Dog bites & personal injury: what you need to know

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Have you ever been out for a walk and encountered an aggressive dog? While we never like to think of it, the reality is that a dog can and, in some cases, may bite. This can be especially true when a dog feels threatened. No stranger to the realities of dog bite injuries, Diamond and Diamond’s own Zev Bergman offers the answers to some of the most common questions you may have regarding dog bites in Canada.

How Common Are Dog Bites in Canada?

While there’s no denying that our four-legged canine friends are adorable, it can be easy to forget that they’re still animals with sharp teeth and powerful jaws. Even the smallest ones can inflict serious injury. Most dog bites occur in the park, on the sidewalk, or in a public place, so it’s important always to exercise caution when dealing with unfamiliar dogs.

According to the most recent Canadian study on dog bites, three-quarters of all dog bites happen to children under the age of 10. This demographic also sees the highest percentage of dog bite-related emergency treatment.

“I’ve been a lawyer for 20 years and a dad for 12. I’ve seen a lot of severe, life-altering dog bites happen to beautiful, happy children. When my daughter was little, there was no way I would let her face near a dog. Now that she’s older, we spend time around dogs, but safety is always a priority,” shares Bergman, partner at Diamond and Diamond.

What to Do If You’ve Been Bitten by a Dog

After a dog has bitten you or a loved one, the shock of the injury might kick in and cloud your judgment. These encounters can be hectic and scary, particularly if the injury is severe, but it’s important to keep a level head and immediately do the following:

  1. The first thing you should do is collect the identity and personal address of the dog owner. This information can be very difficult, if not impossible, to obtain after the fact, so it’s crucial to get it at the moment. If the dog owner is refusing to give you this information, we recommend calling the police at the scene of the injury. It’s crucial to obtain this information from the get-go because without identifying information, you would not be able to pursue legal action against the owner and receive compensation for your injury.
  2. Document the event and your injury – either write a note or record a voice note outlining the sequence of events. Take pictures of your injury immediately.
  3. Seek medical care.

After your injury has been seen by a medical professional, be sure to take the following actions:

  1. Call a personal injury lawyer to see what your options are.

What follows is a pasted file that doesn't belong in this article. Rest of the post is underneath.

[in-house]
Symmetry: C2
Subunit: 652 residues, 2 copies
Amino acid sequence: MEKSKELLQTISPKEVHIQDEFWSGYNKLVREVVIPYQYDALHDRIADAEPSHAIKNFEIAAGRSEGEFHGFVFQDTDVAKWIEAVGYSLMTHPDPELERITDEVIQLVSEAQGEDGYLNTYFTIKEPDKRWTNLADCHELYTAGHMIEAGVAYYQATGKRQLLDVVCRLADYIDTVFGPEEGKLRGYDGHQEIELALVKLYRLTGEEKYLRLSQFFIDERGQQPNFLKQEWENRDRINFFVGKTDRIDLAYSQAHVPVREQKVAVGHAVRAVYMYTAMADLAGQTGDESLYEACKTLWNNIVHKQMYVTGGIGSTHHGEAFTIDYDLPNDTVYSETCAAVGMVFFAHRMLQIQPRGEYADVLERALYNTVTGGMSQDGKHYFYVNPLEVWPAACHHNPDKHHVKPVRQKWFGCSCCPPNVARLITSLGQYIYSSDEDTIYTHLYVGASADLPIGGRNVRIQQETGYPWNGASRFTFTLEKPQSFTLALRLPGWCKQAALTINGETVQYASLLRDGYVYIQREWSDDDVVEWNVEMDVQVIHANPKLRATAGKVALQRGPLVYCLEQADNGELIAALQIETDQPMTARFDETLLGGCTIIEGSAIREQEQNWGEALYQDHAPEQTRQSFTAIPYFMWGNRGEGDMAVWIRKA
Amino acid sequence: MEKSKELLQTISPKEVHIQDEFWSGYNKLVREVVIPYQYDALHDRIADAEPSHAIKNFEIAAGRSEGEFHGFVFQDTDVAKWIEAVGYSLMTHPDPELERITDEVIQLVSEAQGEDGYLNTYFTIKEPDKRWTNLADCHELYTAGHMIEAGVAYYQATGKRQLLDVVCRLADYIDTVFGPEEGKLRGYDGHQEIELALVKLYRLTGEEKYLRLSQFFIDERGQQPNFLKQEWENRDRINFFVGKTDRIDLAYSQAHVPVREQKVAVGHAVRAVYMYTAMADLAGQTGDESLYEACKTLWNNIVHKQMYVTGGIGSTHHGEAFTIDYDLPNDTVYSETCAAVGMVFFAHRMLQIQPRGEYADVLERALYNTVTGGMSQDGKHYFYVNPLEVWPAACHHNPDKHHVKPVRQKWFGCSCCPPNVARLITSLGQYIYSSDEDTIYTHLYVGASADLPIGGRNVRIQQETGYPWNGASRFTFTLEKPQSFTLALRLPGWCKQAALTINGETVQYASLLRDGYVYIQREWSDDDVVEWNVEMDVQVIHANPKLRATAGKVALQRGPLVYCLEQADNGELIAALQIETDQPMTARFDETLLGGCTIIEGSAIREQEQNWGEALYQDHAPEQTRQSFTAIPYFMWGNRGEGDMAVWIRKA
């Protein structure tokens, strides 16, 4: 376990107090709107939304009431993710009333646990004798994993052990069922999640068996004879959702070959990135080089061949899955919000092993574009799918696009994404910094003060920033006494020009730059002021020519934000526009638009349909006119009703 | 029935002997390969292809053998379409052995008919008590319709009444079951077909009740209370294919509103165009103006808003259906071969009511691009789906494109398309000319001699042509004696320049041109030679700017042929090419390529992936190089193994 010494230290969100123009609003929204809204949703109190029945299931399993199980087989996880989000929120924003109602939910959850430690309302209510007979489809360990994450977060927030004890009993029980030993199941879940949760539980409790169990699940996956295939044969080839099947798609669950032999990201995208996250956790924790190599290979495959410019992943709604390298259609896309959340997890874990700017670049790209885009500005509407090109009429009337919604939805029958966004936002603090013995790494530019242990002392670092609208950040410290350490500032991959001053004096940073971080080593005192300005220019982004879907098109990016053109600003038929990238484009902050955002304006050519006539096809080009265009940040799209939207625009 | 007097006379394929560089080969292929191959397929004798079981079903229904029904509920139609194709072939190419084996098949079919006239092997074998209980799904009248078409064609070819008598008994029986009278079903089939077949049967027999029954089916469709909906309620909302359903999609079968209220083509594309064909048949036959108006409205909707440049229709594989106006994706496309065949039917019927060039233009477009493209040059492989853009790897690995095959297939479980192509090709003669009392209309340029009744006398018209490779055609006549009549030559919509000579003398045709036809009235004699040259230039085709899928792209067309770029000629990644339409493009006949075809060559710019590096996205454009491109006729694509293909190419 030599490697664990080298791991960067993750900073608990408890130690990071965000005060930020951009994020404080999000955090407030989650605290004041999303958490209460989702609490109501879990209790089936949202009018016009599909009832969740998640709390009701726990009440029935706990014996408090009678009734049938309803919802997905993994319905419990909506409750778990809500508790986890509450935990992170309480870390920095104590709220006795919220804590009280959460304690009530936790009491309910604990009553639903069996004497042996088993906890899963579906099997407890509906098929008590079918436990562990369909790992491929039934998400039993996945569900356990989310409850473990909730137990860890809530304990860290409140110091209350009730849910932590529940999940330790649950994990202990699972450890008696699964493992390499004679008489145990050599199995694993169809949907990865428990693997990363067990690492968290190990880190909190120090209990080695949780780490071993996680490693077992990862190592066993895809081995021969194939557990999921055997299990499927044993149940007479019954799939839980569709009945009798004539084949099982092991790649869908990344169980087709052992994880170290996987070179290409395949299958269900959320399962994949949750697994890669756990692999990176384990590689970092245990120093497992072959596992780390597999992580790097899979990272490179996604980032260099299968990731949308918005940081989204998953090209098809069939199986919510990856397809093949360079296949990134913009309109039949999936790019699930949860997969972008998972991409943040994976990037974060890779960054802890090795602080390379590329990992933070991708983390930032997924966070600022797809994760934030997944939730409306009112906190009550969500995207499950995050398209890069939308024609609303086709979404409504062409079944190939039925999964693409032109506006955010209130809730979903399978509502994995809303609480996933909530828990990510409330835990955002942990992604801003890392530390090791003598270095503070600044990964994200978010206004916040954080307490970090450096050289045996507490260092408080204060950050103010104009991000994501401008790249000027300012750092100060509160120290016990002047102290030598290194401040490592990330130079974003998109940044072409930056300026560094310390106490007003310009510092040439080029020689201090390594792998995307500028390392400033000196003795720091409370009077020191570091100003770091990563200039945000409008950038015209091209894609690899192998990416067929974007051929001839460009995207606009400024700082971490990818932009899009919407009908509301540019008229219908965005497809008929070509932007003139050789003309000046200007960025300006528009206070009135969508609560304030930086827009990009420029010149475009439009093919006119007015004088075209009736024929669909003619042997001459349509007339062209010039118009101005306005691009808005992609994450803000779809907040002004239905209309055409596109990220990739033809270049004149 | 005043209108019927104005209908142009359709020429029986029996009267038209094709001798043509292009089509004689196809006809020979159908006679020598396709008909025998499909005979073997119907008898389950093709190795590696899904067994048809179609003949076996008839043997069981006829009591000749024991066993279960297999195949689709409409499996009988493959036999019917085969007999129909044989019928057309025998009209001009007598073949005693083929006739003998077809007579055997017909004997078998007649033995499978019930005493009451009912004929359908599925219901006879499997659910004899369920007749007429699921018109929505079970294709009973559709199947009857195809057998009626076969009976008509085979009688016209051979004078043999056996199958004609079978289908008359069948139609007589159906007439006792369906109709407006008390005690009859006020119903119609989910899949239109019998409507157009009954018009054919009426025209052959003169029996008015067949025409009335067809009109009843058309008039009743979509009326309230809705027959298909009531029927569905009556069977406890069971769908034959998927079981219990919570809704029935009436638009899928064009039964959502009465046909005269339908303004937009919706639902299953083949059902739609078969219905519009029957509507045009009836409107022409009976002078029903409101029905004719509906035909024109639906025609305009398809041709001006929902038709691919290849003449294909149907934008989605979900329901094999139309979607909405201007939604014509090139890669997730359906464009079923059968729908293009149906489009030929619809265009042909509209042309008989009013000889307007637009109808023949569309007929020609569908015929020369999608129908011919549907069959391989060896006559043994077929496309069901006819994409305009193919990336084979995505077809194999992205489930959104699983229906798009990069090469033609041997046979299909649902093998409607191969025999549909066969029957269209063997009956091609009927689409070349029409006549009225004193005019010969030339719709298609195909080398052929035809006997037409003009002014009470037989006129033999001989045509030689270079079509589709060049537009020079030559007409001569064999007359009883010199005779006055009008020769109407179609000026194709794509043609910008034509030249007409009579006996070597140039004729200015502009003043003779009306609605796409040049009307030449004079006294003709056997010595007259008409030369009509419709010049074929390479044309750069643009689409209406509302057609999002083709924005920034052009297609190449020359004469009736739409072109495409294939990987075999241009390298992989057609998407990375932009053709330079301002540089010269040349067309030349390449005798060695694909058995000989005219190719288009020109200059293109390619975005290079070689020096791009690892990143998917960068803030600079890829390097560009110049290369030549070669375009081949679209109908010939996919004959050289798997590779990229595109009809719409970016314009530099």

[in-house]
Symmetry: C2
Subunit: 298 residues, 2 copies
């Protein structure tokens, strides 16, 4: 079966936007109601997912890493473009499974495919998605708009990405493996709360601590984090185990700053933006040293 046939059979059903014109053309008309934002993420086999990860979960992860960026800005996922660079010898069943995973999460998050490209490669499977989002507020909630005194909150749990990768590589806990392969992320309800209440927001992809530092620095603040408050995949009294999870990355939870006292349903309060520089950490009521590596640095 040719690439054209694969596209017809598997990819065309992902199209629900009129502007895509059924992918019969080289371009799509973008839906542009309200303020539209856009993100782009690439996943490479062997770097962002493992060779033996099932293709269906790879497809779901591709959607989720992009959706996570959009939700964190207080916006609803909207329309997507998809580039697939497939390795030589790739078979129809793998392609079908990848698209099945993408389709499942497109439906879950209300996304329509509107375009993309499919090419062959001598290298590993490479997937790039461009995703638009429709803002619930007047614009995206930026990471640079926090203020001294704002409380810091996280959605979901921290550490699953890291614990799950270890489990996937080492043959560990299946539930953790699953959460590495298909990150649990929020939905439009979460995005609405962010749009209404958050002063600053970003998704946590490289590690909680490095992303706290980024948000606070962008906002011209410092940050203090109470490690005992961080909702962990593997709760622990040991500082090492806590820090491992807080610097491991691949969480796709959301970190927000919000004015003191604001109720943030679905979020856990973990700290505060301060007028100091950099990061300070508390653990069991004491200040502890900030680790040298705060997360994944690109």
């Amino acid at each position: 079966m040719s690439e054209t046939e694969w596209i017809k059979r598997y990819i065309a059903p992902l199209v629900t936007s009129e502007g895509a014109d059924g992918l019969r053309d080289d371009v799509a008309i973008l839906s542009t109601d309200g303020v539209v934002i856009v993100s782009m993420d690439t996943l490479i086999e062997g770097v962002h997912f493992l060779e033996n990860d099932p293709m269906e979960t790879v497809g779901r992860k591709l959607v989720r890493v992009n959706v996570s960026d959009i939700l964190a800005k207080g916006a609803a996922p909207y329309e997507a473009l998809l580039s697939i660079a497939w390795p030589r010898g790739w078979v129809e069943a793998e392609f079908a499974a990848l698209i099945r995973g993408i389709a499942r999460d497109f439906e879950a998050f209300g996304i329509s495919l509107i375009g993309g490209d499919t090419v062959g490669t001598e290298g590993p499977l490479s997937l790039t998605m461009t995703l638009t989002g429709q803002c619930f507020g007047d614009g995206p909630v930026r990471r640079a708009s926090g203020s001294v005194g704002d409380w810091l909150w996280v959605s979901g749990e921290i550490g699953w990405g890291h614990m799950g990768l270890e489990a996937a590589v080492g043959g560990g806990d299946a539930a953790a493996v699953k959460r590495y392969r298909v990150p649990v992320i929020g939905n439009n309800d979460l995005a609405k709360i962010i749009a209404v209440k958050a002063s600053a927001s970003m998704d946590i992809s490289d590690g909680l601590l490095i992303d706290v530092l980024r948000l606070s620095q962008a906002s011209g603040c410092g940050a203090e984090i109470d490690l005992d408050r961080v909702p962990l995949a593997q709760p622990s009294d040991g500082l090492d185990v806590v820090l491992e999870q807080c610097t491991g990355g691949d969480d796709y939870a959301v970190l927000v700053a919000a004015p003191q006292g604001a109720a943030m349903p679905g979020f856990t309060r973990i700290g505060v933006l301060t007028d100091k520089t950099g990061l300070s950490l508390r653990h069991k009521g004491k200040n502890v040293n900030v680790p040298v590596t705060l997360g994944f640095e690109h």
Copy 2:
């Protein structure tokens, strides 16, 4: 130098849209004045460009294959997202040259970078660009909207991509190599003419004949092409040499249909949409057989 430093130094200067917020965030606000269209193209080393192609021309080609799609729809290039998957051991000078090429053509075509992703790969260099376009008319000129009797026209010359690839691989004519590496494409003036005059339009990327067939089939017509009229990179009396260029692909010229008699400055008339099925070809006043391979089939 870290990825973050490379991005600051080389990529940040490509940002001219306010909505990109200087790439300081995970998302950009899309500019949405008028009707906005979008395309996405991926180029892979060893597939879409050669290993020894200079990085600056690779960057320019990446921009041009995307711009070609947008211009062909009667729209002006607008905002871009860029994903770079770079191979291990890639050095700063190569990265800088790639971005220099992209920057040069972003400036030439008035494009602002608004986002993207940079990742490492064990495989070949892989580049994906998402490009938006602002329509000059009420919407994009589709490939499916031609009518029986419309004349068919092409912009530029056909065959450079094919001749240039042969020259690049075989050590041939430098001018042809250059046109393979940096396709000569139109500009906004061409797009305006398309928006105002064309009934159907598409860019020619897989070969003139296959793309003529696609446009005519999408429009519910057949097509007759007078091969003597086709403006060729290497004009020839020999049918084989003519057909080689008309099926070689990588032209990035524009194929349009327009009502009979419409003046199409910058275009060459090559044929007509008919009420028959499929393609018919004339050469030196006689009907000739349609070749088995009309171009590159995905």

2. Continue to document the progression of your injury with pictures, and notes on pain, mobility, etc.

Can the Injured Party Be Held Liable for Provoking a Dog?

In Ontario, liability around dog bites is set out in the Dog Owners’ Liability Act. The Act states that dog bites fall under the standard of strict liability, meaning that the owner of the dog (or if the dog is in the possession of a minor, the guardian of the said minor) is liable for any injuries resulting from the dog, regardless of whether the owner was aware that the dog had the propensity to bite.

“A person’s dog is their responsibility – always. Even if their dog has never hurt a fly – if the dog snaps and injures someone, the owner is to be held liable,” says Bergman of Diamond and Diamond.

While the owner of the dog is liable in all situations, the damages awarded might be reduced if the injured party is found to have caused or contributed to the damages. For instance, if the injured party hurts a dog, taunts a dog, or takes an action that could reasonably be assumed to provoke a dog, this might result in a reduction in damages.

Parting Remarks

Dog bites can be serious, and safety around dogs should never be taken lightly. Respecting dogs’ boundaries, paying attention to body language, and always asking a dog’s owner before touching them are important. Teaching children how to play safely and respectfully with dogs is of the utmost importance. A quick warning bite that would be minor for an adult could cause a lifelong injury to a small child.

If a dog has injured you or someone you know, don’t hesitate to contact Diamond and Diamond today at 1-800-567-HURT to schedule a free consultation.

About Jeremy Diamond

Jeremy Diamond is a lawyer and member of both Ontario and Florida Bars. Jeremy practices in the area of Plaintiff personal injury litigation. Click here to learn more about Jeremy Diamond.